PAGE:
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Mechanism of Injury (MOI) ‐ trauma
In order for ECP to be able to provide best possible treatment, you need to have understanding of injuries are sustained by look at MOI. You are required to “search for clues” and be vigilant E.g. MVA’s Steering wheel that is buckled or bent o Thoracic trauma / fractures, neck, spinal, head trauma / fractures / injuries Front windshield damaged with a target looking shatter / crack / broken where windshield is damaged o Head, neck, spinal, thoracic trauma / fractures Dashboard is damaged or crumbled o Leg and pelvic fractures Kinetic force: When a car is driving at 120 km/p/h and has a head on collision with a brick wall, the car collides with the wall at approximately 240km/p/h
Nature of illness (NOI) ‐ medical
You are required to “search for clues” and be vigilant for clues on how the incident happened / occurred. Pt. home – general appearance of living quarters can provide many clues. Run‐down messy apartment with liquor bottles scattered everywhere could give an indication of the type of pt. you are about to treat.
Primary survey consists of o BSI and then o HHH ABC (conscious pt.) alternatively o HHH CAB (unconscious pt.) Primary survey – most important starting point in pre‐hospital pt. assessment in emergency care Even as you walking towards pt. and scene – critical assessment of ABC / CAB will determine pt. outcome Before primary survey – there are vital steps to be taken before pt. can be touched or treated o That is Body Substance Isolation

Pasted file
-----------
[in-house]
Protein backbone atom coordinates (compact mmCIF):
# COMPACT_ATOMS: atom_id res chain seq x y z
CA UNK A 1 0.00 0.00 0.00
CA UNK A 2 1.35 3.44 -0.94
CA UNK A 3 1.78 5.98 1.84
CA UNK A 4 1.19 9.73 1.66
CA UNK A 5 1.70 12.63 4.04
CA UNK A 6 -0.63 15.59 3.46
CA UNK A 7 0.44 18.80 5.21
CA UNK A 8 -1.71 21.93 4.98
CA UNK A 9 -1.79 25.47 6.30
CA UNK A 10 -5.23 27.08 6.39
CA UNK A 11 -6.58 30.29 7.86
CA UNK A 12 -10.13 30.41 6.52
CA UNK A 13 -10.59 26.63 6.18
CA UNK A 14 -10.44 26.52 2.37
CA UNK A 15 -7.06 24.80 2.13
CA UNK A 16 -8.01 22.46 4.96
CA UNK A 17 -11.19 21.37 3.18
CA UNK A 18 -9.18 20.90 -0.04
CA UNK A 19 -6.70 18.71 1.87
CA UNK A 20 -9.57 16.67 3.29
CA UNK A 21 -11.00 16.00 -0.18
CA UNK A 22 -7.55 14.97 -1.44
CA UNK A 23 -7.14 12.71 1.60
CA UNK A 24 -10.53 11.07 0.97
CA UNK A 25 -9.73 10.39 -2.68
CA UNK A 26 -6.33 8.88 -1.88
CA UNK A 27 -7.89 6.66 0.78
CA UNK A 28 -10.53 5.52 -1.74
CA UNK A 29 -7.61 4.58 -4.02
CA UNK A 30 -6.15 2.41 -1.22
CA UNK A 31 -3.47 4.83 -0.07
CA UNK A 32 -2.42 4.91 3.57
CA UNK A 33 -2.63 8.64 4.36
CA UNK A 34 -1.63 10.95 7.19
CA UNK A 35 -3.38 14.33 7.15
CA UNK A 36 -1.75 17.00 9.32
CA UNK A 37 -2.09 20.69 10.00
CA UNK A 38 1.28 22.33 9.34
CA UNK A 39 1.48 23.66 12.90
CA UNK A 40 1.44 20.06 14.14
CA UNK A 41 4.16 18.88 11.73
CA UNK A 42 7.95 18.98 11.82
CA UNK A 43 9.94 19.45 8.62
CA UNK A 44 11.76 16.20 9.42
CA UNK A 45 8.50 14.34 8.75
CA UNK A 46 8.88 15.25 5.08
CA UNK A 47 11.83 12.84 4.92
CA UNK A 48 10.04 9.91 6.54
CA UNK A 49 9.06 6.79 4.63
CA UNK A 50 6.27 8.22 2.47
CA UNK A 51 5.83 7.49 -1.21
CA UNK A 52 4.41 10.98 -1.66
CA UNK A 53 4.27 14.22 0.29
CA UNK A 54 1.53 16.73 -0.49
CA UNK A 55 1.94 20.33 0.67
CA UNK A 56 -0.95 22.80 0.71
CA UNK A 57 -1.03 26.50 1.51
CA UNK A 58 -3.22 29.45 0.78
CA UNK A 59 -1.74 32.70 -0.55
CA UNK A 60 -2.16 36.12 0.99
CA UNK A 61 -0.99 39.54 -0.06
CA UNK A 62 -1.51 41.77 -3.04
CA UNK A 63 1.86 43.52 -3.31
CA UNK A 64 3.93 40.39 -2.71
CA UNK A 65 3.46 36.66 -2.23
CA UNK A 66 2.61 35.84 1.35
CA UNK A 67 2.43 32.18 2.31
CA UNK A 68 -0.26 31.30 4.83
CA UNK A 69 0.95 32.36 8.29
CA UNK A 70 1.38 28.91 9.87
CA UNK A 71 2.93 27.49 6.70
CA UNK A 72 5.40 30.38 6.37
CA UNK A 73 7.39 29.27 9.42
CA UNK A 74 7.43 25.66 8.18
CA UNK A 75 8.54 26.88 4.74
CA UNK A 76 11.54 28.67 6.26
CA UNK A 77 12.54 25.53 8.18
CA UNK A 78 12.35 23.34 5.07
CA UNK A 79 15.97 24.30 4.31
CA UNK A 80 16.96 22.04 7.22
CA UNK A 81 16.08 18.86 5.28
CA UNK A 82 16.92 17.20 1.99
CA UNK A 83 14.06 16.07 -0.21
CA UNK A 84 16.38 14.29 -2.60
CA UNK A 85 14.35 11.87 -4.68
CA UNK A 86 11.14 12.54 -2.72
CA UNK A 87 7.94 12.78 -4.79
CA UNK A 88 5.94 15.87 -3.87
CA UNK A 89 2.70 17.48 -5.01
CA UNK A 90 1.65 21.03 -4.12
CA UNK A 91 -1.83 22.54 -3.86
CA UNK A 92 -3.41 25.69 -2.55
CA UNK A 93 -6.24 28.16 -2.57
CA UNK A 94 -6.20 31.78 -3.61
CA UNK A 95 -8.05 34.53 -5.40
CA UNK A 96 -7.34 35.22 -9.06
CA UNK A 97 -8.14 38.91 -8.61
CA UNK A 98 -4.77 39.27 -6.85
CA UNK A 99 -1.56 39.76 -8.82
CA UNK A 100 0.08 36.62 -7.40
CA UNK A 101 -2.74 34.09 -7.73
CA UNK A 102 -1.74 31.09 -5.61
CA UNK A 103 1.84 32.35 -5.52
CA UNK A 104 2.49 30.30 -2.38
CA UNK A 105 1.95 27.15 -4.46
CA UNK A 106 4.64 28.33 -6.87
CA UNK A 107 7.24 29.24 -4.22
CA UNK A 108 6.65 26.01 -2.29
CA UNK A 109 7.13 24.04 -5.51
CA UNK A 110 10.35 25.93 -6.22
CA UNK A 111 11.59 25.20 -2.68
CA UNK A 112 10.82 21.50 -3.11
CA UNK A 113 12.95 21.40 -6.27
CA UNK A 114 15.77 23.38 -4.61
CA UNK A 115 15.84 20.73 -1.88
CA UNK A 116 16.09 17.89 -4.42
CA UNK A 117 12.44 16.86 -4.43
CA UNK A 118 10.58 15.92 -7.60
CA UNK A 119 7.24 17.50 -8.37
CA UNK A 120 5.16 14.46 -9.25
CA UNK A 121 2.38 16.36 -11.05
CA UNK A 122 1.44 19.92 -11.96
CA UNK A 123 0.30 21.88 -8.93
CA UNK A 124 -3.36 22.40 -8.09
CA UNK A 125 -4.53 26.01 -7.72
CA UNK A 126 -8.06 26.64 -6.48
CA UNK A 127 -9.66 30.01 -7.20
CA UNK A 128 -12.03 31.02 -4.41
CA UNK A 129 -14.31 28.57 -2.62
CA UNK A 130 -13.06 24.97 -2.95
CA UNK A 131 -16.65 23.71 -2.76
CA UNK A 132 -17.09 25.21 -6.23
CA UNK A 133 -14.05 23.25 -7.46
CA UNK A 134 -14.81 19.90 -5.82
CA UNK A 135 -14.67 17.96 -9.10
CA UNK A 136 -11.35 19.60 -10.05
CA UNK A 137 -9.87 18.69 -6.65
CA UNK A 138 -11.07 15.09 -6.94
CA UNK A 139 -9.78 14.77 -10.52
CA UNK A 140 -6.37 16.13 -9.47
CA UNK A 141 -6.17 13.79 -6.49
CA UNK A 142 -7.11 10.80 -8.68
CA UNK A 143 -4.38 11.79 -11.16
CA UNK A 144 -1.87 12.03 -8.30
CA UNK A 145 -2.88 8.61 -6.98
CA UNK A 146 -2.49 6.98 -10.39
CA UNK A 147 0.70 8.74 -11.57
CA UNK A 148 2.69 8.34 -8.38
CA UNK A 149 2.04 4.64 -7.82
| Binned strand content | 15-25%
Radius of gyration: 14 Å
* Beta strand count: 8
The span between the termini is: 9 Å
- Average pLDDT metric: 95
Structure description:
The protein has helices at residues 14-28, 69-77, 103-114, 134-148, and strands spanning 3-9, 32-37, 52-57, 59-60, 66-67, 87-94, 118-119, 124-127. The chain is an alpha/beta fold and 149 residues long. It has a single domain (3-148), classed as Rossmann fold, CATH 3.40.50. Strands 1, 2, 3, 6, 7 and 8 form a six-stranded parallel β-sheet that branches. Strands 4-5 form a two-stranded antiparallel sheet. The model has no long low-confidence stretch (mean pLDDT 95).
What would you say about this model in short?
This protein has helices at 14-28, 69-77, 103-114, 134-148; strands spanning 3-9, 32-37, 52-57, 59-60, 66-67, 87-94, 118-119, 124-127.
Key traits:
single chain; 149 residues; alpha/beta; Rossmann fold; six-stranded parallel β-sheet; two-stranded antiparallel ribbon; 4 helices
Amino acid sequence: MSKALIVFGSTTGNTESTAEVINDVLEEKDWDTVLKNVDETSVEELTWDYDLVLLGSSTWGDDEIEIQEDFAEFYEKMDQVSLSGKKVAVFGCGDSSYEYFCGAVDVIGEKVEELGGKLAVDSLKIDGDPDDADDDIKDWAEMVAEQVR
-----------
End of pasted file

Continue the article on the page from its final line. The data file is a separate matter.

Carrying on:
Body Substance Isolation (BSI)
Practice regarding ALL bodily fluids as being potentially infectious Always use BSI to protect yourself & partner from exposure to infectious disease/s Various ways to protect yourself from exposure to infectious disease/s o Masks o Gloves and eye protection o Hand washing o Disposal of used supplies NEVER leave medical equipment / dressing / bandages or anything used while treating the pt. behind!!!!!!
Once BSI taken care of – primary survey can begin Primary survey includes rapid assessment of pt. level of consciousness
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In almost every situation – following steps are excellent guidelines to follow: H Hazards Is the scene safe to approach the pt. H Help Send for help if needed – e.g. fire brigade H Hello A Airway Is pt. airway clear and free of debris? B Breathing Is pt. breathing? C Circulation Does pt. have pulse? And or obvious bleeding? After primary survey is complete and all life‐threatening injuries taken care of o Proceed to finding out pt. history Primary survey must be continuously assessed on same pt. o If ABC not re‐assessed continuously – pt. condition may deteriorate without you being aware of it. SPEAK to your pt. NON‐STOP o GSC can easily be completed if pt. is speaking o If pt. stops speaking you are immediately aware that the pt. has deteriorated.